The best way to keep these nocturnal creatures company is by sending in monitor lizards,  nocturnal geckos, shingleback lizards, frilled dragons,  leopard geckos, nocturnal lizards, morph Lesser Coachwhip snakes, and other pets that cannot be either predators or prey.

Other Reptile Species

You can keep your pet lizards company with other types of nocturnal or monitor pets that are neither prey nor predator.

This is why it’s important to find the right species for your beardie. You don’t want any potential hazards in there with them.

The Tortoises

If you want to have your bearded dragon share space, this may be the best choice. Tortoises are herbivores and won’t prey on them no matter how much larger they get.

Examples of these tortoises:  spurred tortoises, leopard tortoises, etc will make good cage mates.

The biggest concern with sharing a cage for these two reptiles is how much space they would need. They both have protective shells that keep them safe from harm, but the larger bearded dragon will likely take up more room than its smaller counterpart.


Bearded dragons are generally peaceful lizards but have been known to fight with other bearded dragons, especially when two males are housed together. If you house more than one bearded dragon in a tank, make sure to provide plenty of hiding places and perches so they can avoid each other if necessary.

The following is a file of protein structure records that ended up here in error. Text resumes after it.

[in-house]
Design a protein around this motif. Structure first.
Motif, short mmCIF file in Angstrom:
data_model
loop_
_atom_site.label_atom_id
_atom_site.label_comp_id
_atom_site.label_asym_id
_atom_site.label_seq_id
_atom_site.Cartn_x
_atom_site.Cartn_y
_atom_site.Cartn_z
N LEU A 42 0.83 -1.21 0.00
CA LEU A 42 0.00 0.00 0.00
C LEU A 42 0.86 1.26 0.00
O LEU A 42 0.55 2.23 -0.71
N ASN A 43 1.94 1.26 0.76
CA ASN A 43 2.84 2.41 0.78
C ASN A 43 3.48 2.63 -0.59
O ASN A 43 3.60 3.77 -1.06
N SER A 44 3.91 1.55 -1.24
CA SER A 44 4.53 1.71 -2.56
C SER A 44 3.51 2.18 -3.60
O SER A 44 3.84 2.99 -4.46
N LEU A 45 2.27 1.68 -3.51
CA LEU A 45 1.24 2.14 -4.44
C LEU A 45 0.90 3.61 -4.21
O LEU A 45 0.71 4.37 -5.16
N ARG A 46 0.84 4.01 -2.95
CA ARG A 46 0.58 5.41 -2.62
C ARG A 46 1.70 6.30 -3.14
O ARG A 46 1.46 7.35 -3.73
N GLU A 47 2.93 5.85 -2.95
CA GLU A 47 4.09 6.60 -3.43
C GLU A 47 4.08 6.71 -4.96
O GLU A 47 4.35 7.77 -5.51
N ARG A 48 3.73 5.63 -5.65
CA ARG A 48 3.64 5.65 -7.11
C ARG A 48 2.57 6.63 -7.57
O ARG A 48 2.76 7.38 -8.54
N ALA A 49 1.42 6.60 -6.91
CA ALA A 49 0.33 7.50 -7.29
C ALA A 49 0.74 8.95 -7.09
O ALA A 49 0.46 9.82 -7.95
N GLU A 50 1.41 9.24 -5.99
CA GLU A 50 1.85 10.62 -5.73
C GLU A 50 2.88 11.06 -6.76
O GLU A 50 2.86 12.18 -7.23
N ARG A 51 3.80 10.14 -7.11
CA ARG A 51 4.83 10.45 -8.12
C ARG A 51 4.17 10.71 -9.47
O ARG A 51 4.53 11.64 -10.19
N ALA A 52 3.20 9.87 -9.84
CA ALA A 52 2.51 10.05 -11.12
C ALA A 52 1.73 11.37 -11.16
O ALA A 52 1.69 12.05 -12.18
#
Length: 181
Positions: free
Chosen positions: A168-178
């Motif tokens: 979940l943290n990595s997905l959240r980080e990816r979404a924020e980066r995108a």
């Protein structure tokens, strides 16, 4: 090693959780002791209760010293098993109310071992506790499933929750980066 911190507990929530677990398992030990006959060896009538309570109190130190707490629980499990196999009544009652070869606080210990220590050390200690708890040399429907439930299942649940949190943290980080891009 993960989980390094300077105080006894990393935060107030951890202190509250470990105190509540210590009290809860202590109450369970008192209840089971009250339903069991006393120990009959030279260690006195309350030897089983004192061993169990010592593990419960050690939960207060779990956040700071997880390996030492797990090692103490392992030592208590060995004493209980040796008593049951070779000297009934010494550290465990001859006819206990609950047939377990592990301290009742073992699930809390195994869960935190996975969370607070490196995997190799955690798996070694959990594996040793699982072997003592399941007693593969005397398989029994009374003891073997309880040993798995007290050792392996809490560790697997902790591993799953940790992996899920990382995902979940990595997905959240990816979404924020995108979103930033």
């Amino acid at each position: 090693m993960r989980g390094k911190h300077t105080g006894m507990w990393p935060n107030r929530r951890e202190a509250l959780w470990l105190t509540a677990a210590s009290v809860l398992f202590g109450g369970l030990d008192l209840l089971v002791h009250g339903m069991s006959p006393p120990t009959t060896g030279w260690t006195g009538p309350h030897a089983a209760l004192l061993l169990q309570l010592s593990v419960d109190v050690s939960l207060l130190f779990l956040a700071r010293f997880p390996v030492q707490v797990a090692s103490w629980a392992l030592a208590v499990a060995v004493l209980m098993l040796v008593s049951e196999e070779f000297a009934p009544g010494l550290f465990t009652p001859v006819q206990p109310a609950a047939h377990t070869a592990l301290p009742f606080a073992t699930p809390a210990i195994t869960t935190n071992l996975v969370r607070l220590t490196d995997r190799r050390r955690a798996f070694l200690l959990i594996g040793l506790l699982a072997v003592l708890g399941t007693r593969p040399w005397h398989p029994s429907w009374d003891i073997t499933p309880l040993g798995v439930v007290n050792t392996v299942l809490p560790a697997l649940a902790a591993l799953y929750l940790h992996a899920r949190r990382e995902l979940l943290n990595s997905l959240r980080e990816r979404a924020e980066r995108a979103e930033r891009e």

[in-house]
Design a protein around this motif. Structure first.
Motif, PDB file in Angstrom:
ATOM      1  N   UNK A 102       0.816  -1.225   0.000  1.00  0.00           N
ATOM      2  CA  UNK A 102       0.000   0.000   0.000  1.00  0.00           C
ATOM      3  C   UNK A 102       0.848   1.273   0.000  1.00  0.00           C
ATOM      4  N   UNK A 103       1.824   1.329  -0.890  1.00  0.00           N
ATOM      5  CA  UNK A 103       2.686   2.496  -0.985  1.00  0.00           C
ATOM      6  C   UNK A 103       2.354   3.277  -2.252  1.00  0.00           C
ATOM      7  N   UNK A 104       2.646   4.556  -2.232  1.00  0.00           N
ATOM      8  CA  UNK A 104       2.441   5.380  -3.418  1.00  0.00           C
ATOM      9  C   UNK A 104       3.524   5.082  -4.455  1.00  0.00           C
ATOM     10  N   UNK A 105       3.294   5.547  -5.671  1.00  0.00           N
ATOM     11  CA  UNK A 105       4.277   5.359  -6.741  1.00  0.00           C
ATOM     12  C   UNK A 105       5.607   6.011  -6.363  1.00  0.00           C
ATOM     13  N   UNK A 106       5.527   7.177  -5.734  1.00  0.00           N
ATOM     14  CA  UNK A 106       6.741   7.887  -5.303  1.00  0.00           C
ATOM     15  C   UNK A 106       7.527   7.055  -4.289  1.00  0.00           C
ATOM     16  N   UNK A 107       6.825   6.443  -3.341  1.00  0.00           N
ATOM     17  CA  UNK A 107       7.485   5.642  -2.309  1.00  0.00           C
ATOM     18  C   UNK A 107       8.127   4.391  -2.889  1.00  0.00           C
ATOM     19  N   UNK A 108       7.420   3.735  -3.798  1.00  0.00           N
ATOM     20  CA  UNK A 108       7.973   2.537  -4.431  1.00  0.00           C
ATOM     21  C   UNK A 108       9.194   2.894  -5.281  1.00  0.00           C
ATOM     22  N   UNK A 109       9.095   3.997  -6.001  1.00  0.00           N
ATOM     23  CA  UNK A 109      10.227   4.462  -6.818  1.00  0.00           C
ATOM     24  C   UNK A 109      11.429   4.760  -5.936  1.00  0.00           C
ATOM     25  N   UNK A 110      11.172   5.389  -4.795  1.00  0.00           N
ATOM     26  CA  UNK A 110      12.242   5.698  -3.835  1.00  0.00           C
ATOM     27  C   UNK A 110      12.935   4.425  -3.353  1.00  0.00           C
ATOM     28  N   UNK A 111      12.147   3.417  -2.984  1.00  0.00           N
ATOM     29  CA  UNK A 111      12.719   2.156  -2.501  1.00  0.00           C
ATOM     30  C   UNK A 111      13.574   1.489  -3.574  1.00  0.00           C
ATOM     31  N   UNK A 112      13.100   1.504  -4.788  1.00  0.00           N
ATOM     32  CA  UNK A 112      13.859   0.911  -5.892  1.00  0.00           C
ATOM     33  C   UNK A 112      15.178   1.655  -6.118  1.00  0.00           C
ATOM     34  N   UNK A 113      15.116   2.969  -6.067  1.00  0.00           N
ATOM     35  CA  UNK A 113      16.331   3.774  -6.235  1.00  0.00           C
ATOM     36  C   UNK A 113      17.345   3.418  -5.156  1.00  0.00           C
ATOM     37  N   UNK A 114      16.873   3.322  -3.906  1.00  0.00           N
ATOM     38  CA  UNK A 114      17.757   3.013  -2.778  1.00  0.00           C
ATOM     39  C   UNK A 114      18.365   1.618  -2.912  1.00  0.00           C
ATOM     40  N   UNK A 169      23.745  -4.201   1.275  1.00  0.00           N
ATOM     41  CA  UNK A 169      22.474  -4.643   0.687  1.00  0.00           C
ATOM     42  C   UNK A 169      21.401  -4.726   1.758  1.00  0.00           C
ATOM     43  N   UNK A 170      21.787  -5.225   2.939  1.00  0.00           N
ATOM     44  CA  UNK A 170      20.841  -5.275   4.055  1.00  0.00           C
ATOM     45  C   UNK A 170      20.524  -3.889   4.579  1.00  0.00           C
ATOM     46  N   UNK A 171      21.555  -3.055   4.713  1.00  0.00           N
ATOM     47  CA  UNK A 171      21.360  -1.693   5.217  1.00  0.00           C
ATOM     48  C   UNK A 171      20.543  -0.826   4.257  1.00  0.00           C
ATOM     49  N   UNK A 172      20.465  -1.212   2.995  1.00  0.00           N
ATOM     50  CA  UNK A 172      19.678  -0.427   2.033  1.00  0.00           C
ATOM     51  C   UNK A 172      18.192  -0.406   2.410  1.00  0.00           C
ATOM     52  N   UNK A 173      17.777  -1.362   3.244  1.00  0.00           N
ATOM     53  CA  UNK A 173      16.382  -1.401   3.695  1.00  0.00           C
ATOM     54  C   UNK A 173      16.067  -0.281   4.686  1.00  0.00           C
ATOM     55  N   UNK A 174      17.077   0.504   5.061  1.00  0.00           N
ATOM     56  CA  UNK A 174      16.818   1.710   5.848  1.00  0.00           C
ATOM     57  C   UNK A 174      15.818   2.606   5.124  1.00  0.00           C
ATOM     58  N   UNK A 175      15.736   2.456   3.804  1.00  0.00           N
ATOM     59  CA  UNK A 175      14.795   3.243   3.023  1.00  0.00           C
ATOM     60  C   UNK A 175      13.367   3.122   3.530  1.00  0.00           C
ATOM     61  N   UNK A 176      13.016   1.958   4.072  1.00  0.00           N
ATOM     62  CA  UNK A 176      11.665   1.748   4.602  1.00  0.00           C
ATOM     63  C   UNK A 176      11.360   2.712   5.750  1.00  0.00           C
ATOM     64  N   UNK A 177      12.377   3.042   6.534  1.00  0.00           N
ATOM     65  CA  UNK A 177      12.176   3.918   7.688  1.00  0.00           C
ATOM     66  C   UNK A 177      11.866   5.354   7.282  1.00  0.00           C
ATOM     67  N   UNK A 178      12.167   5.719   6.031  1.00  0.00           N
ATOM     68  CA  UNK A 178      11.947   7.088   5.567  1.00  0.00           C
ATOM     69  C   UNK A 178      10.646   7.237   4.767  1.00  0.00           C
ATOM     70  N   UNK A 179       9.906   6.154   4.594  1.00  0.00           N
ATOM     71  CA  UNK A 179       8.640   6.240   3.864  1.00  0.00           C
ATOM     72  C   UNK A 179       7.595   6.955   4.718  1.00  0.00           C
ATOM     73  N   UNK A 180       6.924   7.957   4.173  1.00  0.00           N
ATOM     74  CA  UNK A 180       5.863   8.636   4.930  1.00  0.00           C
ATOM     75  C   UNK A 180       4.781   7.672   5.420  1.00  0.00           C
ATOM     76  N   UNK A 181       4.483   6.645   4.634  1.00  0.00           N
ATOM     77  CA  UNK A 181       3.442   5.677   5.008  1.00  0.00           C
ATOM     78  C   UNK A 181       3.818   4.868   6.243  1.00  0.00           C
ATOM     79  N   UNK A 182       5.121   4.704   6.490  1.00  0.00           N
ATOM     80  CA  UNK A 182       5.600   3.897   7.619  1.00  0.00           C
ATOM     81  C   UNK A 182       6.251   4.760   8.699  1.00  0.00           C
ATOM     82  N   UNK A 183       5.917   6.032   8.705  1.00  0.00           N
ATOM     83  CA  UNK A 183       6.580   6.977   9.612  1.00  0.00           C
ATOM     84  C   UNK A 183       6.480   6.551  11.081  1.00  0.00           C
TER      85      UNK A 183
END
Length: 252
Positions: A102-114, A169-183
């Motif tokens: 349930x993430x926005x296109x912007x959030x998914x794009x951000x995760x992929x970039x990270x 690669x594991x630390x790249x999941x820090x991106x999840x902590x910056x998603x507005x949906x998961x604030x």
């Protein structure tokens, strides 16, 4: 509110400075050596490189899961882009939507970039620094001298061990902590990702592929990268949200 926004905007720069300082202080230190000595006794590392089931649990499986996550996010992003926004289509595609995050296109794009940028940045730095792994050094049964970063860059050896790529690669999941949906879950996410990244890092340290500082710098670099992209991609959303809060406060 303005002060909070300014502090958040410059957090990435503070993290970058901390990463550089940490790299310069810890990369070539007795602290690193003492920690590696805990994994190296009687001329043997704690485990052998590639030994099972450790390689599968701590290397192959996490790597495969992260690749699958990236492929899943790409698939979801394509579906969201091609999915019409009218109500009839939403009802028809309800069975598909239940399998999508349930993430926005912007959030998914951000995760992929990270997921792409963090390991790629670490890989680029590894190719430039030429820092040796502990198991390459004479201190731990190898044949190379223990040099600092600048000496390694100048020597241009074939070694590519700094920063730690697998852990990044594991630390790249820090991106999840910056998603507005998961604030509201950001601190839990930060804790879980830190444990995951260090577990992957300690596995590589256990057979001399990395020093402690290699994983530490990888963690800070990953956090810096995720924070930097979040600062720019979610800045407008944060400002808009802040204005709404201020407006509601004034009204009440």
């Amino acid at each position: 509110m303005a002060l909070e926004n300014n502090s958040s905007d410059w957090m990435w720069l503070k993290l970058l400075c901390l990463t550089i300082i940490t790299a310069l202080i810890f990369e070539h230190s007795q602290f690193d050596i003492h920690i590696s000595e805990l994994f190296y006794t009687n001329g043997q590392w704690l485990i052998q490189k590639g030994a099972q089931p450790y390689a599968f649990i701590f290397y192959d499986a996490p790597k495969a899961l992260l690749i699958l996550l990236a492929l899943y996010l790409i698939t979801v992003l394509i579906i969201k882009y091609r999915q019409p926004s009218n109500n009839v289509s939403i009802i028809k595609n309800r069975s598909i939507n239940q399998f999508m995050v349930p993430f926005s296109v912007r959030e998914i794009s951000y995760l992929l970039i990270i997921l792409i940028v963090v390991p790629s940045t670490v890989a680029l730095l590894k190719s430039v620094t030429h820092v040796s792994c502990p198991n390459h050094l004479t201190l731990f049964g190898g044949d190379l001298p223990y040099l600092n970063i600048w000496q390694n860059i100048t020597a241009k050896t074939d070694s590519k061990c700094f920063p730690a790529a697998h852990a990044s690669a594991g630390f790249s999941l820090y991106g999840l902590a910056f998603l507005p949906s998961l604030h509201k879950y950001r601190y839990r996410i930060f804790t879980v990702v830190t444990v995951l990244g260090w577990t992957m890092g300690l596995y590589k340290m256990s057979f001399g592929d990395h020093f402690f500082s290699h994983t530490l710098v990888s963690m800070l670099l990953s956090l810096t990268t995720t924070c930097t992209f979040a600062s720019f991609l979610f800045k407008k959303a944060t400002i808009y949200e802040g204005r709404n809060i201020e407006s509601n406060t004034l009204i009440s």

Do not house bearded dragons with other animals that are known to be aggressive or territorial, such as snakes, large lizards, or mammals.

Also avoid housing bearded dragons with smaller animals that could be viewed as prey, such as rodents or birds. If you have any questions about whether a particular animal is safe to house with a bearded dragon, always consult a veterinarian or experienced reptile keeper for advice.

Articles You Might Enjoy Reading

Leave a Comment